Higashi Hongan-ji

Higashi Hongan-ji (東本願寺), or, the Eastern Temple of the Original Vow, is one of two dominant sub-sects of Shin Buddhism in Japan and abroad, the other being Nishi Honganji (or, 'The Western Temple of the Original Vow'). It is also the name of the head temple of the Ōtani-ha branch of Jōdo Shinshū in Kyoto, which was most recently constructed in 1895 after a fire burned down the previous temple.[1][2] As with many sites in Kyoto, these two complexes have more casual names and are known affectionately in Kyoto as Onissan (お西さん, Honorable Mr. West) and Ohigashisan (お東さん, Honorable Mr. East).

Higashi Hongan-ji
東本願寺
Eastern Temple of the Original Vow
Higashi Hongan-ji
Religion
AffiliationJōdo Shinshū, Ōtani-ha
StatusHead temple
Location
Location754 Tokiwa-machi, north of Karasuma and Shichijō, Shimogyō-ku, Kyoto, Kyoto Prefecture
CountryJapan
Higashi Hongan-ji is located in Japan
Higashi Hongan-ji
Shown within Japan
Geographic coordinates34°59′27.66″N 135°45′30.44″E / 34.9910167°N 135.7584556°E / 34.9910167; 135.7584556Coordinates: 34°59′27.66″N 135°45′30.44″E / 34.9910167°N 135.7584556°E / 34.9910167; 135.7584556
Website
Ōtani-ha (Higashi Honganji)

HistoryEdit

Higashi Honganji was established in 1602 by the shōgun Tokugawa Ieyasu when he split the Shin sect in two (Nishi Honganji being the other) in order to diminish its power.[1] The temple was first built in its present location in 1658.[2]

The temple grounds feature a mausoleum containing the ashes of Shin Buddhism founder Shinran. The mausoleum was initially constructed in 1272 and moved several times before being constructed in its current location in 1670.[3]

At the center of the temple is the Founder's Hall, where an image of the temple's founder, Shinran, is enshrined. The hall is one of the largest wooden structures in the world at 76 m (250 ft.) in length, 58 m (190 ft.) in width, and 38 m (125 ft.) in height. The current hall was constructed in 1895.[4]

The Amida Hall to the left of the Founder's Hall contains an image of Amida Buddha along with an image of Prince Shōtoku, who introduced Buddhism to Japan. The hall is ornately decorated with gold leaf and art from the JapaneseMeiji Period. The current hall was constructed in 1895.[5]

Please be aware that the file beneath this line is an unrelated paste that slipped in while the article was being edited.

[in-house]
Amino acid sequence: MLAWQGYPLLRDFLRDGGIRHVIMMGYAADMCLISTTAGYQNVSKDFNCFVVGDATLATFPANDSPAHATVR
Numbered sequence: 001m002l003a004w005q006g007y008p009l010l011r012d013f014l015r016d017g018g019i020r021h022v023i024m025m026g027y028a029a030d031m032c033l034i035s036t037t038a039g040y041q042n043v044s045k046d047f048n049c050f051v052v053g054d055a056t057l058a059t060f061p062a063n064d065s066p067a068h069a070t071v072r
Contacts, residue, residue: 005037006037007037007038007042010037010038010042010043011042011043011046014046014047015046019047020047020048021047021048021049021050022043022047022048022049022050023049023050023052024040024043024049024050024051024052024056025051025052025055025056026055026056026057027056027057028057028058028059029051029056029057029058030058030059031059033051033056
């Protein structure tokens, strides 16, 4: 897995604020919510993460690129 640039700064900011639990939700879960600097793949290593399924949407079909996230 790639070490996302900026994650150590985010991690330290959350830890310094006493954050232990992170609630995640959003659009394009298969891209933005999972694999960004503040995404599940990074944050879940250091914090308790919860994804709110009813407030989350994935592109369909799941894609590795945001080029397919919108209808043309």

Various parts of Higashi Honganji, including the Founder's Hall and Amida Hall, burned down 4 times during the Japanese Edo Period. Monetary assistance was often given to Higashi Honganji by the Tokugawa Shogunate in order to rebuild. The Great Tenmei Fire in Kyoto caused many temple buildings to burn down in 1788, and the temple was rebuilt in 1797. An accidental fire destroyed many of the temple buildings in 1823 and were rebuilt in 1835. After burning down once again in 1858, the destroyed halls were quickly and temporarily reconstructed for Shinran’s 600th Memorial Service in 1861. However, these temporary hall burned down in a city-wide fire caused by the Kinmon incident on July 19, 1864. The temple finally started to rebuild in 1879 after the fall of the Tokugawa Shogunate and once conflict caused by the Meiji Restoration of 1868 had settled down. The Founder's Hall and Amida Hall were completed in 1895, with other buildings being restored by 1911. These buildings comprise the current temple.[2]

During the twentieth century, Higashi Honganji was troubled by political disagreements, financial scandals and family disputes, and has subsequently fractured into a number of further sub-divisions (see Ohigashi schism). The largest Higashi Honganji grouping, the Shinshu Otaniha has approximately 5.5 million members, according to statistics.[1] However within this climate of instability the Higashi Honganji also produced a significant number of extremely influential thinkers, such as Soga Ryojin, Kiyozawa Manshi, Kaneko Daiei and Haya Akegarasu amongst others.

See alsoEdit

ReferencesEdit

  1. ^ a b c Popular Buddhism In Japan: Shin Buddhist Religion & Culture by Esben Andreasen, pp. 11, 38-39, 101 / University of Hawaii Press 1998, ISBN 0-8248-2028-2
  2. ^ a b c "About Higashi Honganji". Higashi Honganji Shinsu Otani-ha. Retrieved 8 October 2019.
  3. ^ "Otani Mausoleum". Higashi Honganji Shinsu Otani-ha. Retrieved 8 October 2019.
  4. ^ "Founder's Hall (Goei-do)". Higashi Honganji Shinsu Otani-ha. Retrieved 8 October 2019.
  5. ^ "Amida Hall". Higashi Honganji Shinsu Otani-ha. Retrieved 8 October 2019.
  6. ^ "Founder's Hall Gate". Higashi Honganji Shinsu Otani-ha. Retrieved 8 October 2019.